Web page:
• Take a rain coat and purchase an umbrella when you get to your mission. Winters are cold to the bone, so bring so long underwear. Summers are hot enough to wear short-sleeved shirts. (Paul)
  • Just what the mission president tells you to bring in your initial packet. I would recommend a good raincoat though. (Lea)
  • Don’t bring wool coats. They get soaked. Bring water-proof jackets. (Jennifer)
  • Buy comfortable shoes. The cobblestone does a number on sister’s hips. Make sure the umbrella is sturdy, or else don’t use one at all. Boots. When you get over there, buy a little heater to heat your own space. I froze because most houses did not have heating. Take flea collars to put under mattresses. (Kathleen)
  • Take as little as possible. As you will find it purchasing authentic Portuguese clothing is very for filling. Also leave everything that you brought with the members and people Portugal. They will appreciate. (Sutton)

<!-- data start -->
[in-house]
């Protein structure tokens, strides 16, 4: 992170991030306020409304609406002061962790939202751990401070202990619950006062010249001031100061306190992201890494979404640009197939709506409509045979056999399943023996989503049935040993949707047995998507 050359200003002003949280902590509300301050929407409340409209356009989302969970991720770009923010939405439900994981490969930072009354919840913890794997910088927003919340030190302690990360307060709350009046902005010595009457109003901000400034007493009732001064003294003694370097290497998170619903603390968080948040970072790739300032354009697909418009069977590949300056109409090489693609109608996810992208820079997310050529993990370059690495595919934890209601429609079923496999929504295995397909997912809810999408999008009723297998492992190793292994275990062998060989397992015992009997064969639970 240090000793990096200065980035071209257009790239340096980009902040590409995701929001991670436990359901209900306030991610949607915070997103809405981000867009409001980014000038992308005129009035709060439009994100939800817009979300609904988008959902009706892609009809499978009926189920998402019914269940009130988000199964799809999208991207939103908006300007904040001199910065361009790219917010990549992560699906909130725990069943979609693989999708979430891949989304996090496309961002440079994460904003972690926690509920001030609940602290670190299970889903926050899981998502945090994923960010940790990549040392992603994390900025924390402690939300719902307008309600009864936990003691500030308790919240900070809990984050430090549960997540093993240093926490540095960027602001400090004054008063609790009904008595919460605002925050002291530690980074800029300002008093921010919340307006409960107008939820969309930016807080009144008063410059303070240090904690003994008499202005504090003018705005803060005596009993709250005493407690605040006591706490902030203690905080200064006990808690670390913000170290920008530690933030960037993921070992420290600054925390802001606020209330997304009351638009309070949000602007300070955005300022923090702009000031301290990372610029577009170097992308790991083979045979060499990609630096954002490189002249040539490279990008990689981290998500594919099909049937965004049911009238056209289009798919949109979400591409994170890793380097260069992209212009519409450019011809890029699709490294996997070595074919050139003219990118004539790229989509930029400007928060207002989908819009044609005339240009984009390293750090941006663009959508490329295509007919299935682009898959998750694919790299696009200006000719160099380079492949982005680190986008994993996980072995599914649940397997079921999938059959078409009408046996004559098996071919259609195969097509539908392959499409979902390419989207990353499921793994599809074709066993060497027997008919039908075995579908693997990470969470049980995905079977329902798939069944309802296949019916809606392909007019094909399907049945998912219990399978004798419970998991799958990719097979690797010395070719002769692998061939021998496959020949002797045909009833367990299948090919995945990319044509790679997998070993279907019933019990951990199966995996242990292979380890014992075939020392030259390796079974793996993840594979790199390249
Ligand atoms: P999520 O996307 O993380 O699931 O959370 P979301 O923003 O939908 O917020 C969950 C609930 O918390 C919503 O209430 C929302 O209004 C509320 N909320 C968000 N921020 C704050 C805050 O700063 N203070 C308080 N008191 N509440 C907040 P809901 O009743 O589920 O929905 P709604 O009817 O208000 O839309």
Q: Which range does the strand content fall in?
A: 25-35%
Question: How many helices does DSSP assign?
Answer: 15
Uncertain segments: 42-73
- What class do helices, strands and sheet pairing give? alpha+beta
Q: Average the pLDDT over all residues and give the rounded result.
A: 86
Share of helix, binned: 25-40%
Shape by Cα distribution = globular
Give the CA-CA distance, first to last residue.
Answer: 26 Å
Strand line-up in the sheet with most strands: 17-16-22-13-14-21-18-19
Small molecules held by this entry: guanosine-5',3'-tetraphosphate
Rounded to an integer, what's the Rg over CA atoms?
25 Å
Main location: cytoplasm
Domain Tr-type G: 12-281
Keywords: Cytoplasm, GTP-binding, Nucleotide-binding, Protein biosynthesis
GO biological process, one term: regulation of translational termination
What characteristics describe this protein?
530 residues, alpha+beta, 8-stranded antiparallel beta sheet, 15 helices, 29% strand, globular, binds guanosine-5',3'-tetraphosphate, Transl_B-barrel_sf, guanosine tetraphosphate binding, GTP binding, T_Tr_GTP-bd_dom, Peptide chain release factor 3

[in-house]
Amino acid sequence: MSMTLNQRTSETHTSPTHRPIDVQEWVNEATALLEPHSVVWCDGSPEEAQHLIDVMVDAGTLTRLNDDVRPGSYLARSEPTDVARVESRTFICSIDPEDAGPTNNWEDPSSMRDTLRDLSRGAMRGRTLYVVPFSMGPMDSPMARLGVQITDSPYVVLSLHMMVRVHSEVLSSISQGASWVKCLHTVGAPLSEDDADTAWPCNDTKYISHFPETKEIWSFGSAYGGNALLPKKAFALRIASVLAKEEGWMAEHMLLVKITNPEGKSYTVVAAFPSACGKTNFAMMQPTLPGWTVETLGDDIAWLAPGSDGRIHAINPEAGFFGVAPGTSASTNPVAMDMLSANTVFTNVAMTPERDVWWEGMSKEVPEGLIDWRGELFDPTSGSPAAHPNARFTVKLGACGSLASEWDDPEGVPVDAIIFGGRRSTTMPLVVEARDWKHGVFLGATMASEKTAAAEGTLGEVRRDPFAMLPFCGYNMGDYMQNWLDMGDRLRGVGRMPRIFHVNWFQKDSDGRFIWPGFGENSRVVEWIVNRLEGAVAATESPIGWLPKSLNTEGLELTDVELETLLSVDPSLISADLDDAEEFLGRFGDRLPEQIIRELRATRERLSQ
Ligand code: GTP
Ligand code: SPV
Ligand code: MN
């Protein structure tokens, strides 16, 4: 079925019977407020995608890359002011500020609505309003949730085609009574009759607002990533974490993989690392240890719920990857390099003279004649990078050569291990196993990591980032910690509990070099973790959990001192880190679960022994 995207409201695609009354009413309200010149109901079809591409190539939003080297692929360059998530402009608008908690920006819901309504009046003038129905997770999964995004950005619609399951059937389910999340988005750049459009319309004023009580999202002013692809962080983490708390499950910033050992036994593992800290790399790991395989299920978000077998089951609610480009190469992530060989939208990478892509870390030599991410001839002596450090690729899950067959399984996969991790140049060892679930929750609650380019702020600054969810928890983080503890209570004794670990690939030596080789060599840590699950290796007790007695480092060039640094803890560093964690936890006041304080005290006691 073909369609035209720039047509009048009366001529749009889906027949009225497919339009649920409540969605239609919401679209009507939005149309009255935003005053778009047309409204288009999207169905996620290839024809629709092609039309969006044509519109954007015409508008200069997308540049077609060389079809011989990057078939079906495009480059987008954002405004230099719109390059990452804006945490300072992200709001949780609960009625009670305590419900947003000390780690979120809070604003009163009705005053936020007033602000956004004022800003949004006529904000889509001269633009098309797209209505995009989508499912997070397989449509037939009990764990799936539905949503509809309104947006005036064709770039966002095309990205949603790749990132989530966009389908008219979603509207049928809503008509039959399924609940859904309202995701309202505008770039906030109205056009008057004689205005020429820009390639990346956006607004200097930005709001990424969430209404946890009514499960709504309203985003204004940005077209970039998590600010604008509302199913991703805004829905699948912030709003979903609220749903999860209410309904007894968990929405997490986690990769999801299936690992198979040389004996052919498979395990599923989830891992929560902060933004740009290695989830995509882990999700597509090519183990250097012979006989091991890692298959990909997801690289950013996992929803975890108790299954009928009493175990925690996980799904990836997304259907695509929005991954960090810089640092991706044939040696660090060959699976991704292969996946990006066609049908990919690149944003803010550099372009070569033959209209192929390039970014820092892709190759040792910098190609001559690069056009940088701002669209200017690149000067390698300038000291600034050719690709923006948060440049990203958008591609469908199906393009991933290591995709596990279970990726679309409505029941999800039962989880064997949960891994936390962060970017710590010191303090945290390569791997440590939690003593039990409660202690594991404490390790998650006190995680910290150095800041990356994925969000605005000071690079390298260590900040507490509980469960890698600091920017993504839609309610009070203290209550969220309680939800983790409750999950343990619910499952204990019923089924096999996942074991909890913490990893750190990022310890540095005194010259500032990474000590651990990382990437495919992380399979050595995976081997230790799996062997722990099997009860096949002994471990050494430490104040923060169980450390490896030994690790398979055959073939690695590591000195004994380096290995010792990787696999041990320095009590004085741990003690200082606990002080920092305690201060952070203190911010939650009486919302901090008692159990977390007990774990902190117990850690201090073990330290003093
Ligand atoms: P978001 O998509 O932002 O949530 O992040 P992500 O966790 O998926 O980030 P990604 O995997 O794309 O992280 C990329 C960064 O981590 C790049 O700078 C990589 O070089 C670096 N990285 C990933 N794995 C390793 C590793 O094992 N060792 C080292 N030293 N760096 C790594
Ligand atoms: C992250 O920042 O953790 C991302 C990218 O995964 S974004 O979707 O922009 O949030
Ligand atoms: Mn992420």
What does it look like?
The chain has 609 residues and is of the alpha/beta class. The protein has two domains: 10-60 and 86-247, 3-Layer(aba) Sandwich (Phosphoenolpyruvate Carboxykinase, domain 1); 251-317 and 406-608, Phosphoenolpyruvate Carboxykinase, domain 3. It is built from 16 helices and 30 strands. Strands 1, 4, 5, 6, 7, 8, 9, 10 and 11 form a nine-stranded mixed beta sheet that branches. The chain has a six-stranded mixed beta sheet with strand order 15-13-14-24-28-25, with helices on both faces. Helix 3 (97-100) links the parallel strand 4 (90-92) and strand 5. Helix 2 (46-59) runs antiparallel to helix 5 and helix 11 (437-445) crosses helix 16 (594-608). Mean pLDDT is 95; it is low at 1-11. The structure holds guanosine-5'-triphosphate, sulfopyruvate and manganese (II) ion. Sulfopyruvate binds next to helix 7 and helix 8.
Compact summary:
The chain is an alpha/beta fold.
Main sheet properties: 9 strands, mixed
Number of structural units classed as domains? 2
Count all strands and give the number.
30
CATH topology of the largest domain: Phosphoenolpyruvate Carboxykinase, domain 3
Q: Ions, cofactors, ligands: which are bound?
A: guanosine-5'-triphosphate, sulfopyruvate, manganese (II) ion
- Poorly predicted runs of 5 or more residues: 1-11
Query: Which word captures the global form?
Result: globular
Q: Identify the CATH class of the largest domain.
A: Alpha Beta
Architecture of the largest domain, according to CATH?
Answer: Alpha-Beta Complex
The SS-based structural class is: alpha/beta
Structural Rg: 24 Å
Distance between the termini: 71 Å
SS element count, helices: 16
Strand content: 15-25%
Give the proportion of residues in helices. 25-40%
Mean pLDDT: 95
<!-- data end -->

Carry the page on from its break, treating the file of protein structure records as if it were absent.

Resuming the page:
What blessings did you receive from serving a mission?

  • Closer to my Heavenly Father! Firmer testimony of my brother Jesus Christ as my savior. Firmer understanding of how the holy ghost speaks to me. More patience with my shortcomings and weaknesses! I loved my mission! The hardest 18 month so far but by far the best 18 months for my life! (Jenna)
  • Personal relationship with the Savior. Super solid husband 😉 (Anonymous)
  • I received many blessings from serving and I am still receiving them. (Paul)
  • I got married to a worthy and amazing woman that had a goal to marry a returned missionary. (José)